Tuesday, March 16, 2010

Dan Jenkins on The Masters, Tiger and More

Slammin' Sam on Sports Media
We’ve been hearing escalating rumors for the past couple weeks. Now we know the truth. Tiger will be in the hunt for The Masters. What better day to review a golf book? “Jenkins at the Majors” is a collection of stories by one of the sport’s great chroniclers, Dan Jenkins.

Read this book because:
1. Masters stories abound to get your blood pumping prior to Tiger’s return.
How about my namesake, “Slammin” Sam Snead, in 1954? “Among the sweltering crowd of 5,000, there were men who climbed trees and plumpish barefoot women,” Jenkins began a 1954 article. “… They all trudged in and around Augusta National’s pines and blossoms for three hours and 32 minutes to find out that perhaps Ben Hogan, the club maker, is not quite as good as Ben Hogan, the Bantam, Hawk Wee Icemon.” (Jenkins, 14)

Six years later, Arnold Palmer showed no mercy, Jenkins wrote. “When Arnold lifted the ball out of the cup, he may as well have been tearing [Ken] Venturi’s heart at the same time.” (35)

Palmer’s longtime adversary Jack Nicklaus set the precedent for Tiger in 1972. “Jack Nicklaus was a golfer playing against the record book, his own aspirations, immortality, eternity, the Grand Slam, his private ambitions, and even his own embarrassments.” (97) Sound familiar?

2. Every year from 1951 to 2008, Jenkins has it covered.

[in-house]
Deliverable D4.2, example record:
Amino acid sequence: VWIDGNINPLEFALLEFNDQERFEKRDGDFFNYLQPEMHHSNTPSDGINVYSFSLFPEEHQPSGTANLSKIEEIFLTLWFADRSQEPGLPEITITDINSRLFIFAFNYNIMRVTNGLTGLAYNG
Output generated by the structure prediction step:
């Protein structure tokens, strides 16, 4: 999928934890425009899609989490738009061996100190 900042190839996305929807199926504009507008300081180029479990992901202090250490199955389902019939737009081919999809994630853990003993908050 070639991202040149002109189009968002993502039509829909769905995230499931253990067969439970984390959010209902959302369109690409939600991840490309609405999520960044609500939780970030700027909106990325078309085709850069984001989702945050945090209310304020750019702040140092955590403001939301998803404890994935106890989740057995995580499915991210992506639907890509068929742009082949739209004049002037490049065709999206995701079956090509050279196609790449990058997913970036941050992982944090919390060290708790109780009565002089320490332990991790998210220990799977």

“Most of the week, the 1978 Masters sat quietly and drearily under peculiar clouds of pollen that turned everything from golf shoes to rental cars into the color of oatmeal,” Jenkins penned. “But … at the finish jaws dropped and eyes widened as Gary Player leaped out of an antique photo album to win.” (131)

Bernhard Langer earned his green jacket fitting in 1985. “How many times do you have to be reminded that the Masters doesn’t start until the back nine Sunday?” Jenkins asked. “Arnie’s charge was born back there. Sarazen double-eagled back there. And this time in the spring of 1985, Curtis Strange went back there with a four-stroke lead and, before he could get back up the hill to the umbrellas on the Augusta National veranda, he was nursing a two-stroke loss to – Gott in Himmel!-Bernhard Langer, the son of a Bavarian laborer.” (164)

3. Did I mention Tiger? Take a look at Jenkins’ writings on Woods’ golfing exploits, and you may be ready for the roar again.

After Tiger’s 12-stroke victory in 1997, Jenkins couldn’t help himself. “Going into the last 18 on Sunday, the nearest thing to Tiger on the scoreboard was Constantino Rocca, which contrary to reports, was not a forbidden dance. It was a man from Italy nine strokes back.” (223)

Of Tiger’s “slam” culminating in 2001, Jenkins found himself at a loss for words. “My efforts resulted in: Phi Granda Slamma. Thai Slamma Granda. The Tiger Slam. Four for the Road. The Mulligan Slam.” (251-2)

Will writers again fall over themselves (and rightly so) over Tiger’s dominance? Circle April 5-11 on your calendar. If you forget, I’m sure there will be incessant reminders before this year’s Masters (sponsored by companies banking on Tiger’s return to greatness.)

Meantime, if the weather’s still iffy where you are, get your hands on Dan Jenkins’ top-flight bucket of stories.

Sam Miller/Free Keon

1 comment:

  1. What a job! I would love to get paid to attend the Masters every year.


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